last100 is edited by Steve O'Hear. Aside from founding last100, Steve is co-founder and CEO of Beepl and a freelance journalist who has written for numerous publications, including TechCrunch, The Guardian, ZDNet, ReadWriteWeb and Macworld, and also wrote and directed the Silicon Valley documentary, In Search of the Valley. See his full profile and disclosure of his industry affiliations.

7 Responses to “Reading between the lines of Jobs' comments on Kindle, Android”

  1. Since there’s no dirty trick that I wouldn’t believe Jobs capable of, I think this writer is right on. Jobs comments were intended to distract everyone until under great secreacy Jobs can announce an ebook reader at a time in the future of his choosing. No backlit computer will ever compete with the Kindle, which is infinately better to read, and has a huge battery life to go with it as well – something no portable computer can ever come close to.

    His comment re reading being a lost art or cause is obviously plain stupid, and another lie to distract everyone from his real intention. Jeff Bezos, Amazon founder and CEO, obviously does not believe that, and has proven this to be wrong by becoming the largest bookstore in the world. And who better to produce the first ebook reader that will be hugely successful. I got mine on Dec. 4th, abslutely love it, and already have 72 books in my Kindle’s memory.

    Charles Wilkes, San Jose, Calif.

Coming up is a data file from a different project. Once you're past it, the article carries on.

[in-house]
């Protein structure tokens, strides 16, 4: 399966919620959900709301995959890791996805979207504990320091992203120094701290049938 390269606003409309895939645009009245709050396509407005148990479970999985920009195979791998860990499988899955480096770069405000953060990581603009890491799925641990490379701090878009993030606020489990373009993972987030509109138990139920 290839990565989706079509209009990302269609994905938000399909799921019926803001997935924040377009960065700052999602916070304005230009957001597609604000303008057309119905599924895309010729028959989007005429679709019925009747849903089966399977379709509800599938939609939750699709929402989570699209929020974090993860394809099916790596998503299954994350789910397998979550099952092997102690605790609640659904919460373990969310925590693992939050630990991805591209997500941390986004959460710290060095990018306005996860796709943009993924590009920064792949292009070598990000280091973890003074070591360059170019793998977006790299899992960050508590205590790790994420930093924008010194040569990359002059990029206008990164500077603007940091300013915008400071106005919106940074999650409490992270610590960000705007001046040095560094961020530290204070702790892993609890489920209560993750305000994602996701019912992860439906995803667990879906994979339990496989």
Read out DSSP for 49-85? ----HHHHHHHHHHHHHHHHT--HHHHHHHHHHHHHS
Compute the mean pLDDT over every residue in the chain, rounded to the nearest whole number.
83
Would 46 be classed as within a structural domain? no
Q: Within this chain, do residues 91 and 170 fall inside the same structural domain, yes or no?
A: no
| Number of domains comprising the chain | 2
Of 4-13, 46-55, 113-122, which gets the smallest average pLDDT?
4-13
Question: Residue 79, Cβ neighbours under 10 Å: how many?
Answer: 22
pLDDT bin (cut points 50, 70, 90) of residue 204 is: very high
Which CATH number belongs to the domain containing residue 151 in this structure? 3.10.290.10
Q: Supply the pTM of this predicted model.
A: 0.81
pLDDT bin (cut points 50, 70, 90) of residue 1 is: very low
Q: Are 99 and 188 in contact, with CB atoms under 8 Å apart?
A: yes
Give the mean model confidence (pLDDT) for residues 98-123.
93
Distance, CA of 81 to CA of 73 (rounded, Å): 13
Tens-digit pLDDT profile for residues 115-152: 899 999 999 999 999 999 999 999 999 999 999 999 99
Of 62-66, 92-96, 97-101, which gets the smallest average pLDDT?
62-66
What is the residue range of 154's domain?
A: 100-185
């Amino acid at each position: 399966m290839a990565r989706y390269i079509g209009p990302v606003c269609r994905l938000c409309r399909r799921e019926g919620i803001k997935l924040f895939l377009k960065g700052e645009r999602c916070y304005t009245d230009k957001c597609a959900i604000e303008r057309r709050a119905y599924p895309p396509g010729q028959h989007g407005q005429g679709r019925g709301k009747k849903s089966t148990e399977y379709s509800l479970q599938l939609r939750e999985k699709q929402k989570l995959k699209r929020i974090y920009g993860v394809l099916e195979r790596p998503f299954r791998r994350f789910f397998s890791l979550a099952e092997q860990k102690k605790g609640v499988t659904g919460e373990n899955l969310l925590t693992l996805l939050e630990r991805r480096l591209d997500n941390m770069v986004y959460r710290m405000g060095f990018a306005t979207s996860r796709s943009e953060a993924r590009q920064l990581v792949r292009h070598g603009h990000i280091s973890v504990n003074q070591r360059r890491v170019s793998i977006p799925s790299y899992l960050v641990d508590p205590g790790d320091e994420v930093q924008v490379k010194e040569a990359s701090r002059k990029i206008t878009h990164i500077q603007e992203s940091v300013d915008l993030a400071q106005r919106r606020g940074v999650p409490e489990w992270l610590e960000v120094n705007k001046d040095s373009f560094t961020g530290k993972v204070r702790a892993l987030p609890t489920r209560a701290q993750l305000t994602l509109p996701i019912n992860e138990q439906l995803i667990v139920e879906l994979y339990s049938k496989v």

2. I just blogged about my views about Steve’s comments

    As I said in my post, this was steve at his worst. Whining about how no one else makes phones because its harder than it looks. Thats just what palm and microsoft said when apple entered the biz. The truth is that there is *way* more room to innovate on cell phones.

  3. Clyde Smith says:

    Maybe if I had a bone to pick I would interpret Jobs comments as negatively as the previous commenters but the “nobody reads” stuff is an exaggeration that everyone understands.

    Lots of tech commentors that really want Android to work have been poking holes in it. Jobs is going light on that topic, as far as I can tell.

    In any case, I read constantly on and offline and I wouldn’t use the Kindle for that cause I LOVE BOOKS! Real books.

    I would use the Kindle for things like reference resources and technical manuals and that could be a great thing.

    But books are still the superior medium for extended in-depth reading, IMHO.

  4. avagee says:

    Regular cell phones can give dedicated eReaders a run for their money, they make fine free readers for novels and general prose. You can see the advantage of not having to carry or charge anything extra, and of course you can wirelessly install books on demand. You can get a good sense of the potential at they give away hundreds of public domain and creative commons books. You can install direct to your phone from the mobile version of their site, or download and install via a PC.

  5. Faisal Riaz says:

    Reading habits are going down and visual help is becoming more n more of importance.

  6. Alexis Brion says:

    @avagee: it’s just not comfortable to read on a phone….